2018 Make Nine Picks

If you sew and/or are on Instagram, then you know of Lucky Lucille and her yearly Make Nine prompt. If not….I want to know what rock you hide under, and is it on AirBnB?

Seriously though, I’ve not participated until this year because…I generally sew as my needs and whims dictate. But this year, I have some real, intentional goals. I also have some lofty whims that may change. I’m sharing them here to hold myself accountable, and so that I may revisit during the year to keep myself on track, and at end of year for review.

First off, my nine is not a literal 9. Sure, I cobbled a collage of nine like all the interwebs, but really, my goals are bigger and open to evolution.

1. My dearest husband-unit spoils me and bought me an iPad Pro with all the bells and whistles for Christmas. I’m putting the pencil to immediate use and working on my own design ideas and croquis. As a die-hard CAD user and not a hand-drawer, this is a learning curve. I hope to see marked improvement by end of year.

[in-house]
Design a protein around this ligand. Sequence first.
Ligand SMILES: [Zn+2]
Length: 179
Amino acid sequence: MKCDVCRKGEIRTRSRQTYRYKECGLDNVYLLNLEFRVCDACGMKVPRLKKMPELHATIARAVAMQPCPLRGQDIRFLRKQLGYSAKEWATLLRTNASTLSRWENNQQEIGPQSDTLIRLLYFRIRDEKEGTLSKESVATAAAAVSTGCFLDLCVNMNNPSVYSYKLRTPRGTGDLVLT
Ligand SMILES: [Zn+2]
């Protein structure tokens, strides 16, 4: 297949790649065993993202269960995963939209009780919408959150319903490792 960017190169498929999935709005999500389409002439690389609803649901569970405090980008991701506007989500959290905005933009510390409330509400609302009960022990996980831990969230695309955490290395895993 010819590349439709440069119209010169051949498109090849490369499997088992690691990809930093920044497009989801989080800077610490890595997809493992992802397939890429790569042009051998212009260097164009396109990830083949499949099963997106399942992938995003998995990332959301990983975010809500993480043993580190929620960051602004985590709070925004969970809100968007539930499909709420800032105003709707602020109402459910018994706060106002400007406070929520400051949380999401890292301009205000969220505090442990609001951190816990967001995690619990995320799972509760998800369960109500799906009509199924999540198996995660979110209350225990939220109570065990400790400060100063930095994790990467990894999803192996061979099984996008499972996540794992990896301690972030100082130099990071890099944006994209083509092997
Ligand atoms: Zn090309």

2. I have all 9 of Suzy Furrer’s sloper/block/drafting classes. Whatever you want to call them. I want to have them complete by end of year with projects to show. I want to document my learning process. This will leave me very open and vulnerable to the world, but if I’m going to tear apart other’s work, I should be able to put my own ass on the line. Consider this my declaration of putting my own ass on the line. After I absorb Suzy’s classes, I will look to find other teachers, classes, books, etc. Sewing, like software, cooking, and so many other things, has more than one way to get from point A to point B, and I don’t like being myopic in focus.